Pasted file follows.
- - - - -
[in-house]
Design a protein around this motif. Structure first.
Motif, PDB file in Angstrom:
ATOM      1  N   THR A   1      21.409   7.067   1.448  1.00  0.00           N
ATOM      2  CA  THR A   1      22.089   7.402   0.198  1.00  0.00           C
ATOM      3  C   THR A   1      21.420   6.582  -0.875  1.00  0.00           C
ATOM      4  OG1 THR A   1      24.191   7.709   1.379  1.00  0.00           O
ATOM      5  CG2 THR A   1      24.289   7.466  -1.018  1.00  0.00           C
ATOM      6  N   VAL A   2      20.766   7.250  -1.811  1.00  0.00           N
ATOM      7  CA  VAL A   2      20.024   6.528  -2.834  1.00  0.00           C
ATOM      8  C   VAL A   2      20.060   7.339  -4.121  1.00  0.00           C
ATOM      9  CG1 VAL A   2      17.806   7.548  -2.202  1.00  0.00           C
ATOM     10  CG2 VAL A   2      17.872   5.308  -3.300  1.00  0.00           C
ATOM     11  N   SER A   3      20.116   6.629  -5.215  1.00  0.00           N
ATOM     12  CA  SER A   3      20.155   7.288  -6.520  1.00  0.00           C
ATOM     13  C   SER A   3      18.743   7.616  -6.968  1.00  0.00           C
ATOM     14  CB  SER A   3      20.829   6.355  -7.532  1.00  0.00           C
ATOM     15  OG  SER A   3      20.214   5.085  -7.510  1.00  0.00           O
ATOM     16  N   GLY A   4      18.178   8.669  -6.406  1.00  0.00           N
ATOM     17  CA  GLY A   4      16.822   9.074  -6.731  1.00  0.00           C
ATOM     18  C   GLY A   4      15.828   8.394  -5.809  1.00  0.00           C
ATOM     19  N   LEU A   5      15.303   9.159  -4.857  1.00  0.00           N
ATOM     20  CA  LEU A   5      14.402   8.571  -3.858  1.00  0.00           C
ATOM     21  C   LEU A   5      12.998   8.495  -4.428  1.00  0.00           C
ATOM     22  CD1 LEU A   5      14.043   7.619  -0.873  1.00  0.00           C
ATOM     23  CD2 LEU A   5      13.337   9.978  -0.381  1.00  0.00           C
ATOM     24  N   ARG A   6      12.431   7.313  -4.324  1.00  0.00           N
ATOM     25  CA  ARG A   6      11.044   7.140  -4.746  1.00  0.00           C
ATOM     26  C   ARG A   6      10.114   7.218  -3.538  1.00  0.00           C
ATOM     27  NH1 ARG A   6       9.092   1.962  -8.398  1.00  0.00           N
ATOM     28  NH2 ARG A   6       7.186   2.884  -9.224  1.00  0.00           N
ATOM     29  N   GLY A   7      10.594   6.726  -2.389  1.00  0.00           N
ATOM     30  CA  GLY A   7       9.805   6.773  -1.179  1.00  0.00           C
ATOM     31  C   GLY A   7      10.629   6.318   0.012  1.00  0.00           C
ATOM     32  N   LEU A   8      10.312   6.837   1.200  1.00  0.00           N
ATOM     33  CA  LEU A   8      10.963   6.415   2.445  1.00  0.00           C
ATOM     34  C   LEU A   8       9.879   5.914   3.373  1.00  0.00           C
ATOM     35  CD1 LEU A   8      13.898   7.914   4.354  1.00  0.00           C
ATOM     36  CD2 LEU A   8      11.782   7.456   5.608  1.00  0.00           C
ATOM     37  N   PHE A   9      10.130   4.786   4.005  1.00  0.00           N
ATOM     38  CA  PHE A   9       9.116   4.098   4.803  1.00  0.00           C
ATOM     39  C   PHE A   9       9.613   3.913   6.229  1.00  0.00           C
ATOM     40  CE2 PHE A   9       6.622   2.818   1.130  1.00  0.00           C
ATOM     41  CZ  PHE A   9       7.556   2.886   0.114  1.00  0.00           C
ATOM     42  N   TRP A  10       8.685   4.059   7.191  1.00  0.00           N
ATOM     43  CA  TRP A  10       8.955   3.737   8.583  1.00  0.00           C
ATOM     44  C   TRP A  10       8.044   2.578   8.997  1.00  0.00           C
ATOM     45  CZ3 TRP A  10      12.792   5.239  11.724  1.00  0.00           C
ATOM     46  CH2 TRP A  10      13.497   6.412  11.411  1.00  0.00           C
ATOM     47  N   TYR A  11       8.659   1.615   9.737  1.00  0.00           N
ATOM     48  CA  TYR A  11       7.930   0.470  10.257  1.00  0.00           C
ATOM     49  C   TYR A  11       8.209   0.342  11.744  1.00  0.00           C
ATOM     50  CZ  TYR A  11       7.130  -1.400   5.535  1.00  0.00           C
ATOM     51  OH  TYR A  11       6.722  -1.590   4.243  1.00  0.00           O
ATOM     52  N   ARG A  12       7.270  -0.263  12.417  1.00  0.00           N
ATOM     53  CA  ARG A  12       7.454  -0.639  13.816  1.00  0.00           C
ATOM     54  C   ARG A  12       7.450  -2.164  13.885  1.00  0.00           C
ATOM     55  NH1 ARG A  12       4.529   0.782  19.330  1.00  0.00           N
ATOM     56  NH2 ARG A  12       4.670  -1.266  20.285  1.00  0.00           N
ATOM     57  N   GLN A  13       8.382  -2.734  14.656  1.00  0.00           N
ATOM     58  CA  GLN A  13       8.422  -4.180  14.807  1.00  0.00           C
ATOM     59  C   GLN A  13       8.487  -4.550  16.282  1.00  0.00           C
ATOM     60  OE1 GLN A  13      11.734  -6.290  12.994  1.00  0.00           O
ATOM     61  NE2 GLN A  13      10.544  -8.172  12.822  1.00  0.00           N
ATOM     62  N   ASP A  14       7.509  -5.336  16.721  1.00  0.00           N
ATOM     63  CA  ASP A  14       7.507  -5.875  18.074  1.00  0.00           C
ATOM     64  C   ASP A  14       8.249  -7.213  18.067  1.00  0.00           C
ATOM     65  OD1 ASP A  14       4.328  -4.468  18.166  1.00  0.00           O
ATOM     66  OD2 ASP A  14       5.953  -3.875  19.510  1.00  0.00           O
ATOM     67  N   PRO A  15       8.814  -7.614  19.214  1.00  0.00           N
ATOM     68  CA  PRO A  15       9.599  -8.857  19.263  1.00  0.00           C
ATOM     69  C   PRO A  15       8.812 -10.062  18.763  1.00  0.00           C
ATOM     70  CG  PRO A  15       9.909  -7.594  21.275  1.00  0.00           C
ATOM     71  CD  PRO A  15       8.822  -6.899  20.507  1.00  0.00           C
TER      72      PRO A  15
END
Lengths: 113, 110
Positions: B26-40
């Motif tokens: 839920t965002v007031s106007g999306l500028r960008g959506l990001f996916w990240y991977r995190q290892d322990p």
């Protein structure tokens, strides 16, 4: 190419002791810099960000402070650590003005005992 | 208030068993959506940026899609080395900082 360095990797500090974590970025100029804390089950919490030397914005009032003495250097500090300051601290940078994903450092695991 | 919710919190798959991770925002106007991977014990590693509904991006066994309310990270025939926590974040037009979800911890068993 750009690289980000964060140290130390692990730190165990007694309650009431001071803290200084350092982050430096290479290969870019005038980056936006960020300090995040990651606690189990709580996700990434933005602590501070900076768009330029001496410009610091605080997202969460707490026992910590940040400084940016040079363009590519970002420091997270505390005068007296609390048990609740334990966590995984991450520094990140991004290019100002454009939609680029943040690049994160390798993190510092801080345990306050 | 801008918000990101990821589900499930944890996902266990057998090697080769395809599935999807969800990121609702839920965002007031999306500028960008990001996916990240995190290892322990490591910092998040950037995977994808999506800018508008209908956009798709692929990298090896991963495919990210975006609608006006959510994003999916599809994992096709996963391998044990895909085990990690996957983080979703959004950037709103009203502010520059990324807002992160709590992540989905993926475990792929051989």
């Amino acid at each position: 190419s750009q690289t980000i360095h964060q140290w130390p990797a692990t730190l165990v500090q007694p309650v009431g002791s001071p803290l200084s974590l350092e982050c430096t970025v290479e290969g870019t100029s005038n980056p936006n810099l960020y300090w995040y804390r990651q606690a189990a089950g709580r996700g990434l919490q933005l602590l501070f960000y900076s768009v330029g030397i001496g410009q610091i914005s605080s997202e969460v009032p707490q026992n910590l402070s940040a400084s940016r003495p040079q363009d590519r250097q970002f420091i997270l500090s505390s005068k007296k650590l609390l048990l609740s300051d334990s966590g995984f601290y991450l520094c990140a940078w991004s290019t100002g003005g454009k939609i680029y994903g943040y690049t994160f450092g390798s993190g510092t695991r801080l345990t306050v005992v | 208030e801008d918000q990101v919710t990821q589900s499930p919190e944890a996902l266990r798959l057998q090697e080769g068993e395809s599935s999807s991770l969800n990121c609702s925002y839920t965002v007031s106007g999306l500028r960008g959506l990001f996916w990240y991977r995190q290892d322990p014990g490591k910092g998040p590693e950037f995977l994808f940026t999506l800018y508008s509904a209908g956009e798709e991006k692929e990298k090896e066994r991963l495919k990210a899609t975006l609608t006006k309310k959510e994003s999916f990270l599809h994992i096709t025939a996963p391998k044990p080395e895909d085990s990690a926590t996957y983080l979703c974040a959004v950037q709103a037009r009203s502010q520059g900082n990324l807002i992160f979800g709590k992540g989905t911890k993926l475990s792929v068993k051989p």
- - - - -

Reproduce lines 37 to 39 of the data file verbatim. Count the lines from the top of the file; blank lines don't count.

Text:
ATOM     34  C   LEU A   8       9.879   5.914   3.373  1.00  0.00           C
ATOM     35  CD1 LEU A   8      13.898   7.914   4.354  1.00  0.00           C
ATOM     36  CD2 LEU A   8      11.782   7.456   5.608  1.00  0.00           C